BBV Productions (also known as Bill & Ben Video) was a British video production company founded by Bill Baggs in 1991. The company was named for Baggs himself and his then-wife Helen, whose nickname is "Ben."[1] It was a commercial enterprise founded to serve Doctor Who fans who were starved of content between the broadcasts of Survival and Rose. Towards this end it heavily used Doctor Who actors and, when possible, characters. BBV therefore quickly gained the reputation for putting out content that was "almost official" or "nearly Doctor Who". In truth, though, its output was a bit more varied than that. Most of it could safely be put into one of five categories:

  • documentaries
  • fiction using characters owned by individual Doctor Who writers
  • fiction using characters owned by the BBC whom the BBC gave BBV permission to use
  • what Nicholas Briggs has called "Who clones", or things that were very close to Doctor Who, but the names were changed to keep the BBC at bay
  • some wholly original material using nothing that connected to the DWU, aside possibly from Doctor Who actors

Of these five types, this wiki is only interested in the first three. Because it's a little confusing, a list of BBV releases appears below to demonstrate which are DWU stories and which are not.

Personnel Edit

BBV developed a repertory company of actors that appeared in many of their productions, often playing different roles. Many of these actors were previously known from their work in Doctor Who, and included former Doctor actors Jon Pertwee, Peter Davison, Colin Baker, and Sylvester McCoy plus companion actors Caroline John, Louise Jameson, Nicola Bryant, and Sophie Aldred.

Several actors appearing in these productions early in their careers went on to achieve further notability, including Nicholas Briggs, Mark Gatiss, and Alan Cumming. A number of personnel behind-the-scenes and in front of the camera, including Briggs and Gatiss, would go on to work on licenced Doctor Who spinoffs at Virgin Books, BBC Books, and Big Finish Productions as well as the 2005 television revival of Doctor Who.

Productions Edit

Work in Video Edit

BBV's first production was the 1992 video release Summoned by Shadows, which was co-produced by the BBC Film Club and starred Colin Baker playing an unnamed character only known as the Stranger and Nicola Bryant as Miss Brown. The Stranger's adventures were chronicled on six videos and an audio adventure, many of which featured former Who cast members. The sixth video, Eye of the Beholder, was later re-released as the audio story Eye of the Storm.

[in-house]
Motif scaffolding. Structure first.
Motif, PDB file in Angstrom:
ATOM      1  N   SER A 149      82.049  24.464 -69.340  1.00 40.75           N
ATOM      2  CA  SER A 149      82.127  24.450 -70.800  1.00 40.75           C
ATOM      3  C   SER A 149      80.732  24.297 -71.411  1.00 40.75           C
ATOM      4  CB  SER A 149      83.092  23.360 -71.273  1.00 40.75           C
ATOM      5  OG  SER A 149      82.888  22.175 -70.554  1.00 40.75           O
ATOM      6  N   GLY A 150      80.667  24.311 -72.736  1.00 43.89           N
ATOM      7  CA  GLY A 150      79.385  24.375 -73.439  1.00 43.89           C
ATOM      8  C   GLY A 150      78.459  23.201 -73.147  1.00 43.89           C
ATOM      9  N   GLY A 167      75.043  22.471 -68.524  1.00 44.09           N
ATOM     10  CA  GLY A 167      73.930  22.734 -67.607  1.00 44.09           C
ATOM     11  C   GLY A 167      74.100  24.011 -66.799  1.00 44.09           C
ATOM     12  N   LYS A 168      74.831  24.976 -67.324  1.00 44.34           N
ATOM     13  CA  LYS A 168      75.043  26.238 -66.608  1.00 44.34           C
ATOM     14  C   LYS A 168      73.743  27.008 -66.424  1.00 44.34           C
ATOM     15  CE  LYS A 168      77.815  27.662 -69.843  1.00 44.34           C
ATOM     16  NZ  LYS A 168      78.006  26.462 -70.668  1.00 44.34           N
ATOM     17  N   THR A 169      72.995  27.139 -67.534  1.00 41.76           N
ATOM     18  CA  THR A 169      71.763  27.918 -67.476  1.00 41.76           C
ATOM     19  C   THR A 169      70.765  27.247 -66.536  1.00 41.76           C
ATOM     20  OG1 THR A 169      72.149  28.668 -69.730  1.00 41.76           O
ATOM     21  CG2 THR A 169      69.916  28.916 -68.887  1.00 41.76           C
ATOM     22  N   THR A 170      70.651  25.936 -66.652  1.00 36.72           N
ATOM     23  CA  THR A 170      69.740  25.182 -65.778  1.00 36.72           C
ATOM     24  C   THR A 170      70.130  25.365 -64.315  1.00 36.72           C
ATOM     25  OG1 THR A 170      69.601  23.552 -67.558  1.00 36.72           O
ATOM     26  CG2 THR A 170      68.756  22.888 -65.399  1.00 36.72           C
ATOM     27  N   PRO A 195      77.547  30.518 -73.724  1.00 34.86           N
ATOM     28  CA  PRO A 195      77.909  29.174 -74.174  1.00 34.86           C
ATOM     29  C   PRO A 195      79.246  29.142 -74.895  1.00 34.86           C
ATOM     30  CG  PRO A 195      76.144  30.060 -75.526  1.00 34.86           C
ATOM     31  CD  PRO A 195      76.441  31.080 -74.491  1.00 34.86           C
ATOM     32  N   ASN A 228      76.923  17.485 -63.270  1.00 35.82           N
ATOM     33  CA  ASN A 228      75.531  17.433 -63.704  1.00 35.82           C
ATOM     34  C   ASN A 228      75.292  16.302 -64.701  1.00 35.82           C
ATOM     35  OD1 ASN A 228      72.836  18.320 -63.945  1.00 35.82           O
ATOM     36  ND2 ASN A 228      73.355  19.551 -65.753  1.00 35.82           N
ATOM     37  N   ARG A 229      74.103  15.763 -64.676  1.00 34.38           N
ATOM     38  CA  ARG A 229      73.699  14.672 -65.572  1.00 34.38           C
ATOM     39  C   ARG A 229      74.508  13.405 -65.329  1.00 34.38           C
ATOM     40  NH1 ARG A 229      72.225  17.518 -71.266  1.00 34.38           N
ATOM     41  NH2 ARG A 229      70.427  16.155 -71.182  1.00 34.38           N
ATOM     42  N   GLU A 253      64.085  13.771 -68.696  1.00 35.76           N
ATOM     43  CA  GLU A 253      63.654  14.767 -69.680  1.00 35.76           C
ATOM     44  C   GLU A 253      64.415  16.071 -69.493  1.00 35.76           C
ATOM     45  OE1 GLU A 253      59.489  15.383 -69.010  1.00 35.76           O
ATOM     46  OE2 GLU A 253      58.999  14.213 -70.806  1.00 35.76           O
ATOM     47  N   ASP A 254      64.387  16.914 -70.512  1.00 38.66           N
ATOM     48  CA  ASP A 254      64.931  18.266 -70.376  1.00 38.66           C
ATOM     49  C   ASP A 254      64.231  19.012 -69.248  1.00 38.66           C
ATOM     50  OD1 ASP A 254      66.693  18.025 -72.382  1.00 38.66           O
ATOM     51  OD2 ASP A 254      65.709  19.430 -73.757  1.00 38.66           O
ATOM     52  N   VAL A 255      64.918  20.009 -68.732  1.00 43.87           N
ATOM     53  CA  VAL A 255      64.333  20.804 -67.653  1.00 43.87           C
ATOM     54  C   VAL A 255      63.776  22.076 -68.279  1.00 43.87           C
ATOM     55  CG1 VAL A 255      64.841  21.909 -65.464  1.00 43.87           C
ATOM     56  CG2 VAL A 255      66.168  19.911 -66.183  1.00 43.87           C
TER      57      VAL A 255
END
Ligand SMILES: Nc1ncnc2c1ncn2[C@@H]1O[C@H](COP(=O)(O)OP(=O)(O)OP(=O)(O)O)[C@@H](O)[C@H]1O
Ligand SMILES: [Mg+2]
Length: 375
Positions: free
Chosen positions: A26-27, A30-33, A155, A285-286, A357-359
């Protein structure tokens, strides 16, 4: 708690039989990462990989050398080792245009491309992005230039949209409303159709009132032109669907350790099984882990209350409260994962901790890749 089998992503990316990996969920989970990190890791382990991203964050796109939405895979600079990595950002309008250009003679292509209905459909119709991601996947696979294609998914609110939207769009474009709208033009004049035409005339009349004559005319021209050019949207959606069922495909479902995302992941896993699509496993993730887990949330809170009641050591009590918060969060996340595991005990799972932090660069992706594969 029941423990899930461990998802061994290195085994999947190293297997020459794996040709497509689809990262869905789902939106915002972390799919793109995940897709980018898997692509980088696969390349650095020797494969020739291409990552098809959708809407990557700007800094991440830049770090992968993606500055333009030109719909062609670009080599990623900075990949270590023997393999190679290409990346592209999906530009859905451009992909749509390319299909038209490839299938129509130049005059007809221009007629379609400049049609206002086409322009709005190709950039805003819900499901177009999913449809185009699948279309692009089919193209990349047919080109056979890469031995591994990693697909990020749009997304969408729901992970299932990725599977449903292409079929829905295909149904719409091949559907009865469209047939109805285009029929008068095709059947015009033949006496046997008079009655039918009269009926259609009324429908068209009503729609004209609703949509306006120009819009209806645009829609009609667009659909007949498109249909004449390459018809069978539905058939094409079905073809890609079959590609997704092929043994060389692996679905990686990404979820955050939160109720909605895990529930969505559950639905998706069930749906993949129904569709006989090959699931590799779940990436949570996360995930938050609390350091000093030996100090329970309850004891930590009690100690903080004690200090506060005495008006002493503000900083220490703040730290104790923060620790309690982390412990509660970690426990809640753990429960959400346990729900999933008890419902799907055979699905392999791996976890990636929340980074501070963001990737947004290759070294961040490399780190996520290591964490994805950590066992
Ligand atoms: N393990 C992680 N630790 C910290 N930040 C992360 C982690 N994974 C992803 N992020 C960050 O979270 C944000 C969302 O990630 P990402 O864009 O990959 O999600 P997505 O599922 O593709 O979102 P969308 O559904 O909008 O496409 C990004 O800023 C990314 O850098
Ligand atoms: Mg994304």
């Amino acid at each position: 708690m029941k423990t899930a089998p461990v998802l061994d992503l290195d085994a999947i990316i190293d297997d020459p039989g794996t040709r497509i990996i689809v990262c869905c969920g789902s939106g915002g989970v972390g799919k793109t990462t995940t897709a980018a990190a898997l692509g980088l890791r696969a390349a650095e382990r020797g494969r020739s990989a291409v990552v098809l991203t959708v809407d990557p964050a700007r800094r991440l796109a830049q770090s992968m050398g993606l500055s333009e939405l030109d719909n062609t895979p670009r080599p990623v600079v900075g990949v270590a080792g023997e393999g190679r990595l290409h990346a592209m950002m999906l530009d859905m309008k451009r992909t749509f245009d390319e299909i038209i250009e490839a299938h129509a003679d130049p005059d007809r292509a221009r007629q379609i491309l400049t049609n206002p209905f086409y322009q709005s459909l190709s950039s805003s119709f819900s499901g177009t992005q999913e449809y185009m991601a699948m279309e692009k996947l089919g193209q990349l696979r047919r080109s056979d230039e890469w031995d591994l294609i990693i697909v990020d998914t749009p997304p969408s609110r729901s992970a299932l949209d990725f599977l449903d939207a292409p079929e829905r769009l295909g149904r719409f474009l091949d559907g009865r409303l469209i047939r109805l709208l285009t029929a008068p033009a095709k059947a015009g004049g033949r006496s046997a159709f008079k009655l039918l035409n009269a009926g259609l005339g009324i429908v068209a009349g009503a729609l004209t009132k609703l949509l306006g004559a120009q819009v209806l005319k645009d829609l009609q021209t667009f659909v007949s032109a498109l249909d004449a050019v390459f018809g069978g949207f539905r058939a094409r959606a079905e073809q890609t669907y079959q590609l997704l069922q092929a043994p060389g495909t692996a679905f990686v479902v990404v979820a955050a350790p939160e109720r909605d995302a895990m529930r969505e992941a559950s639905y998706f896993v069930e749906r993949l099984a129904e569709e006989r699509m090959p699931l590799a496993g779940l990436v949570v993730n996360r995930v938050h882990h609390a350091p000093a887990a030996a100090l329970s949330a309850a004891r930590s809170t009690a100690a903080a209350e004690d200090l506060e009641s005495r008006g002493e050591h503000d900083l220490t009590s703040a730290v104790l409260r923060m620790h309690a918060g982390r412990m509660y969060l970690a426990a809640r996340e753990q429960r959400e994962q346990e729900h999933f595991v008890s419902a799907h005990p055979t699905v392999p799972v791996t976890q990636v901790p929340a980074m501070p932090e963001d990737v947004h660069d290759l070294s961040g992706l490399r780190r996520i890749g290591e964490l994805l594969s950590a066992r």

BBV's next release was the ecologically-themed thriller The Airzone Solution, which was about a near-future conspiracy. The video was released in 1993, coinciding with the 30th anniversary of Doctor Who and featured four actors previously cast as the Doctor.

In 1994, BBV released the first video in the P.R.O.B.E. series, The Zero Imperative, which saw a departure for BBV as Liz Shaw was the only character from the Who universe to appear (although numerous Who actors made appearances as different characters). This proved problematic for the series, as Liz Shaw seemed very much changed following her leaving from UNIT; this was due to BBV only acquiring the rights to use the character and had no rights to the Doctor, meaning that the series could make no explicit reference to any other aspect of Who – including the stories where Liz was present.

BBV's next series of spin-off videos focused on UNIT and their battles with the Autons. The first video of the series, Auton, was originally to feature Nicholas Courtney as Brigadier Lethbridge-Stewart, however he had to withdraw due to ill health. The Brigadier was replaced by the original character of Lockwood, an enigmatic UNIT agent played by Michael Wade.

After the success of the Auton trilogy, BBV went on to produce Cyberon, which featured an alien race of cyborgs reminiscent of the Cybermen called the Cyberon. The Cyberon would later go on to appear in an audio story, Cybergeddon.

In 2001 BBV released the Doctor Who parody Do You Have a Licence to Save this Planet?, in which Sylvester McCoy played a character called the Chiropodist (aka Foot Doctor) as he fought Cyberons, Autons, and Sontarans. In addition to references to past BBV productions, the film obliquely referenced various elements of Doctor Who and the unlicenced nature of BBV's body of work.